The most frequent reason for revisional CI surgery was the internal unit shift, which occurred in 50% of the cases, Three of them was related to the surgical technique with anterior displacement when used minimally invasive technique with the implant fixed only by the pocket, without fixing it to the bone of the skull or performing a bone niche to accommodate the internal device; one by mechanical trauma and one by an inadvertent exposure to magnetic resonance, not following the guidelines of the cochlear implant team and the manufacturer.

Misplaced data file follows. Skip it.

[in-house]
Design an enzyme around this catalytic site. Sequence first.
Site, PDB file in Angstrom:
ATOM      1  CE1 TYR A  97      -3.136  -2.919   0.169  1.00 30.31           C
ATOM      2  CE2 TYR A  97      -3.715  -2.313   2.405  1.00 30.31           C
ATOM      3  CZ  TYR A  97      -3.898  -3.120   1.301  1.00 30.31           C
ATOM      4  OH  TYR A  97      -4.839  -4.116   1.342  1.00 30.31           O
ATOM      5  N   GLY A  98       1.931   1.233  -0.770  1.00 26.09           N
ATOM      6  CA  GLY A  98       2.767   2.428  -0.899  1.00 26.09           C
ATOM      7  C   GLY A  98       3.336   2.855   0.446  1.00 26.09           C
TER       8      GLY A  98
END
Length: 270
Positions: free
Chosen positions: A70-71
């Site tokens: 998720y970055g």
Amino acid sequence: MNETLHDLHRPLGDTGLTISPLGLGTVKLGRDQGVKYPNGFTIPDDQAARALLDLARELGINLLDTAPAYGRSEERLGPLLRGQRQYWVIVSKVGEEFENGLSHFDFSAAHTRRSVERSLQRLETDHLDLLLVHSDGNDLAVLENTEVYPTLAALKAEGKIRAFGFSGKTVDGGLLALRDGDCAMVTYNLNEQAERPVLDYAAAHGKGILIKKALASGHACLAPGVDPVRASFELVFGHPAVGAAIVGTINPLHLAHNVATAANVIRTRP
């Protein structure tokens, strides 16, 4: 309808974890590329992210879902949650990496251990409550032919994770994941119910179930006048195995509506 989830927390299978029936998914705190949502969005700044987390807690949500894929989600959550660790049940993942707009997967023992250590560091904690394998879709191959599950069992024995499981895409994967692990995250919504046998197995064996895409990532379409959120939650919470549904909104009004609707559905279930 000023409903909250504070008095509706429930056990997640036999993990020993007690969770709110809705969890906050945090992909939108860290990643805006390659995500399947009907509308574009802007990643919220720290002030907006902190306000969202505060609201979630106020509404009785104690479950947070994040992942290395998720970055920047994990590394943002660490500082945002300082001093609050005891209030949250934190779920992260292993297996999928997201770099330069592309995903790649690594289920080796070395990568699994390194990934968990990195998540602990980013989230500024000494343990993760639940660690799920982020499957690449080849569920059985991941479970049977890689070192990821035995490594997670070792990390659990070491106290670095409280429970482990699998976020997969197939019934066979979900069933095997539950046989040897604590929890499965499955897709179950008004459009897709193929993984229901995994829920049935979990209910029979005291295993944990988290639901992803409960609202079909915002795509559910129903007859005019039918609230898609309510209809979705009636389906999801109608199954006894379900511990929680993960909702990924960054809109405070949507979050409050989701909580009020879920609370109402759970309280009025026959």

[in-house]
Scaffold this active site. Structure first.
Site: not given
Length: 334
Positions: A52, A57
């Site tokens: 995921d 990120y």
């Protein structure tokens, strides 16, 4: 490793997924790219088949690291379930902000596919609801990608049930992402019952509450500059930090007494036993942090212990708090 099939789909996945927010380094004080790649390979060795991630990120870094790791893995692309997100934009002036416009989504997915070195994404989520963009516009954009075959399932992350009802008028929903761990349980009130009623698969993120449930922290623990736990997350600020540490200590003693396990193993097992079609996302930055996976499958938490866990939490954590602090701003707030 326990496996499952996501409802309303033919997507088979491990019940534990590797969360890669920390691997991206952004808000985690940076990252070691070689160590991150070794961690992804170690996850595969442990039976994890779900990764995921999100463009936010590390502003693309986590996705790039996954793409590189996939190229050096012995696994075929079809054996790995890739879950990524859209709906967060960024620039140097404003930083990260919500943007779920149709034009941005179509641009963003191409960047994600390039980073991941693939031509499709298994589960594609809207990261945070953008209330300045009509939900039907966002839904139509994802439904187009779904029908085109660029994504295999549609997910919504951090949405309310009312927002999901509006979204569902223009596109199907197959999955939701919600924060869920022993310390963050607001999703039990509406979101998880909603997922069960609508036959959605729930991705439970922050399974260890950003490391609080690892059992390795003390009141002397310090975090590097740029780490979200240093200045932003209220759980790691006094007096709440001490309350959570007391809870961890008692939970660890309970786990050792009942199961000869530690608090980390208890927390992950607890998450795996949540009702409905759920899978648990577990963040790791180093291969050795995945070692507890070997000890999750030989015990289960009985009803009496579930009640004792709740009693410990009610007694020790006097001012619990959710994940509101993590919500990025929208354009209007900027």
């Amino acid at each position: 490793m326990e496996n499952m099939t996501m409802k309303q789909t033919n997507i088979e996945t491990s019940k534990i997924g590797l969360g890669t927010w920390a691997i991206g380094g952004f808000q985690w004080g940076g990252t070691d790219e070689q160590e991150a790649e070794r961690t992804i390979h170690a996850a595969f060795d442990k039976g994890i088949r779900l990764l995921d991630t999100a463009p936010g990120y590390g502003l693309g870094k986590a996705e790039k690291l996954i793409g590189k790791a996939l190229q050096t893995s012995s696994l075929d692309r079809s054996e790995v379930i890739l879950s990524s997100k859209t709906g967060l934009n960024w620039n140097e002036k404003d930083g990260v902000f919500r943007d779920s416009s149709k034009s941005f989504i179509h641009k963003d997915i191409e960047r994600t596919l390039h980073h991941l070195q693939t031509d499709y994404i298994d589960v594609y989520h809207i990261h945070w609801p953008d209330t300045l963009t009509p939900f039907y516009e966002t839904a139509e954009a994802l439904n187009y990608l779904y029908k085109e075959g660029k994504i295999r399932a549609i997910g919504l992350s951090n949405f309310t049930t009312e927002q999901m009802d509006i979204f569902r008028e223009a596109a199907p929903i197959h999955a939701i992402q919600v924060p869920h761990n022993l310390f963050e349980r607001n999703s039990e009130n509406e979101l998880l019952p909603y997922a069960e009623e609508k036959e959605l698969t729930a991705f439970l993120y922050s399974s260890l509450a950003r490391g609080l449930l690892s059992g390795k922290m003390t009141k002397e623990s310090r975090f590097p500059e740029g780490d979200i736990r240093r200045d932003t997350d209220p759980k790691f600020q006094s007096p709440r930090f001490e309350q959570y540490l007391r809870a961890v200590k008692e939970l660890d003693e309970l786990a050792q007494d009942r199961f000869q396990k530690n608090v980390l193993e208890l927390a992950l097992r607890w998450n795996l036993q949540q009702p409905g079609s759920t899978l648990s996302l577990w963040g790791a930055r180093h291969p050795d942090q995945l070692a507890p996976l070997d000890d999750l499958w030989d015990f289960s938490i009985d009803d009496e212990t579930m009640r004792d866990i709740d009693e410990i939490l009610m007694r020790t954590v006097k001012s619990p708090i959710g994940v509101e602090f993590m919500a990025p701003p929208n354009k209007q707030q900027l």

Wang et al.  reported that internal unit shift in 30% of cases (as the second most common reason for revisional CI surgery), while the main cause was the internal device failure (43.5%). Zeitler et al.  reported a revisional CI surgery rate of 40% to 80% due to hardware or software failure, what was not found in this study. These studies argue that this type of failure has been progressively reduced considering the technological changes in the new cochlear implant generations, a tendency already shown by Côté et al.  . Because it is a recent center and work with the most modern technologic generations of cochlear implant, in this case there was no failure of the internal device related to the fabrication of the hardware. The failure of the hardware occurred in a single case but was caused by problems related to improper magnetic resonance imaging in the patient, this reinforces what has been demonstrated in the literature that the reduction in internal device (hardware) failure is related to improvement in the quality of the implanted device  .